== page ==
Nearer home Sandra and her husband moved to Somerset five years ago and experienced the severe flooding there which she has used for inspiration along with views seen from the A303 which she travels frequently. Sandra builds up her some of her pieces by transferring the image onto heat transfer paper which she then irons onto thin cotton. She then layers her work with the cotton image, wire form, vilene and backing which she stitches through to give the piece depth. The colours used to create the icy watery landscapes are mostly greys, blues and blacks but sometimes Sandra includes some copper shim and copper paint to suggest a global warming meltdown. "Reality and Rhetoric" consists of six panels and is based on the flooding in the Somerset Levels. The panels are stitched in lines to suggest layers of water but within the lines there is a stitched narrative detailing the history, agriculture and government drainage plans for the area.
Sandra gave a fascinating, lively and informative talk about her work. It will be possible to see some of Sandra's work and appreciate the range of it as she exhibits with several groups including Artists 303 which have an exhibition coming up in Somerton Town Hall and Studio 21 who will be exhibiting at the Knitting and Stitch Show later this year.
My grateful thanks to Christine H for this report and to Vernice C for the photos.
On Monday we had an “in house” printing workshop led by Ann Smith.
Ann started the day with a demonstration of preparing acetate sheets and gelli plates with acrylic paint ready for printing. We started printing on paper and in the afternoon we printed on various fabrics - cottons, linen, silk and organza. We used stencils and various mark making tools to make patterns on the printing plates and some people even added their own glitz to bring sparkle to their designs and some started collage.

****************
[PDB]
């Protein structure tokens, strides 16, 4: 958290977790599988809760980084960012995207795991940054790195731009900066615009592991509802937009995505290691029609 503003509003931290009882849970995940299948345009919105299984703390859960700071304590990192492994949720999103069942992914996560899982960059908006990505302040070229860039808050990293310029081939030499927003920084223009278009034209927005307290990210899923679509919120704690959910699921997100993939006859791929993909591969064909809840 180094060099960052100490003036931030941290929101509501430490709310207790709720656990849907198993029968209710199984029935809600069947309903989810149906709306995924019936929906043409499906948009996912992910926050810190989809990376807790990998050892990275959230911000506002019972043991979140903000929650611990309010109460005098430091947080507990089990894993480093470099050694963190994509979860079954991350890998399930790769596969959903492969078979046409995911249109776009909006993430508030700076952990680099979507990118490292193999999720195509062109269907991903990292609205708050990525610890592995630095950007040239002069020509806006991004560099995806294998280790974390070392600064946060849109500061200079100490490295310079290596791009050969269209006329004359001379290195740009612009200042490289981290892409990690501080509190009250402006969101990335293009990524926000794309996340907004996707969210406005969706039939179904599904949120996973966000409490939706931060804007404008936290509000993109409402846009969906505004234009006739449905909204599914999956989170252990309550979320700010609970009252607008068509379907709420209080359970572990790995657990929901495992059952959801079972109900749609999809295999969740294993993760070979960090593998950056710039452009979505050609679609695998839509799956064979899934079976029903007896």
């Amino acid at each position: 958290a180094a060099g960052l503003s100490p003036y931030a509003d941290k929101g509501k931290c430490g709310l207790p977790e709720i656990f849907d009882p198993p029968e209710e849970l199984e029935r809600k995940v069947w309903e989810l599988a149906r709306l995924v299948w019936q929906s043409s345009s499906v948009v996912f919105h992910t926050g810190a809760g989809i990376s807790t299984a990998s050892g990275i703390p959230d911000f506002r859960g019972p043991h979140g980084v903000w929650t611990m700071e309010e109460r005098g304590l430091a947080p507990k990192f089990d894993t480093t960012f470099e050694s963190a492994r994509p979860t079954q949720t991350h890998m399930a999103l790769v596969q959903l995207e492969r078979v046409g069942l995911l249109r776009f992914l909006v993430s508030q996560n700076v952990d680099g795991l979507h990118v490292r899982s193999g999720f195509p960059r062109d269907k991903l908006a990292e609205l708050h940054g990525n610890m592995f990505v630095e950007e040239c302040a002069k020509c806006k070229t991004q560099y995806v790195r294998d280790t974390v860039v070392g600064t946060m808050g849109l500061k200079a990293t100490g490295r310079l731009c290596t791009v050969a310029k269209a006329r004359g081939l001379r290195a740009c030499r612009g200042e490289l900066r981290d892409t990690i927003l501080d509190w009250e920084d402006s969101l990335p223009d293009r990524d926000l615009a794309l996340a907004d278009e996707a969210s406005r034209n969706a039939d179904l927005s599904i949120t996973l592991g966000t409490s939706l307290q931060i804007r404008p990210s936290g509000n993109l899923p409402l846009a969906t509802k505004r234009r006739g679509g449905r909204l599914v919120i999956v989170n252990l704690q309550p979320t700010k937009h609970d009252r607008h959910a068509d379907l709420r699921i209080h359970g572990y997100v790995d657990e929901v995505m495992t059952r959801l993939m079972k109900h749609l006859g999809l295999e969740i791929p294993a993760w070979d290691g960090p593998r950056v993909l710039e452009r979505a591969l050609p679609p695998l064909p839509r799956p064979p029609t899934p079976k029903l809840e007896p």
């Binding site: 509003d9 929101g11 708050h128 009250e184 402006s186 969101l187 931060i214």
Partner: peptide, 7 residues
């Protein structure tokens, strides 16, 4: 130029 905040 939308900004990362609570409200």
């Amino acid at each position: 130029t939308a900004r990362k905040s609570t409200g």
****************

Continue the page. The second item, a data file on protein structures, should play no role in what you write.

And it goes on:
Ann was very generous by letting us use her materials which gave us the opportunity of experimenting with different tools and techniques.
The day went very quickly and Ann concluded by giving everybody a couple of luggage labels for printing and we were asked to finish them at home ready for our exhibition in the summer.
For the last 10 minutes we all went round to look at each other’s work and it was interesting to see the choice of colours, some very pale and subtle while others were very bold and bright. When discussing the individual designs Ann used a card mount to identify sections which could be developed further. This was a very useful tip which I am sure we will use in the future.
It was fun day - we came hope with loads of paper and fabric designs and we thank Ann very much for leading the day and sharing her knowledge.
Report and photos by Ros
Our January speaker, Valerie Threfall got the new year off to a swinging start with her highly entertaining talk entitled “The secrets of the honeymoon suitcase”. She started by explaining that she had been giving talks for 30 years and fell into it by accident when a friend, Rosemary Hawthorne, known as the “knicker lady”, found she was double booked.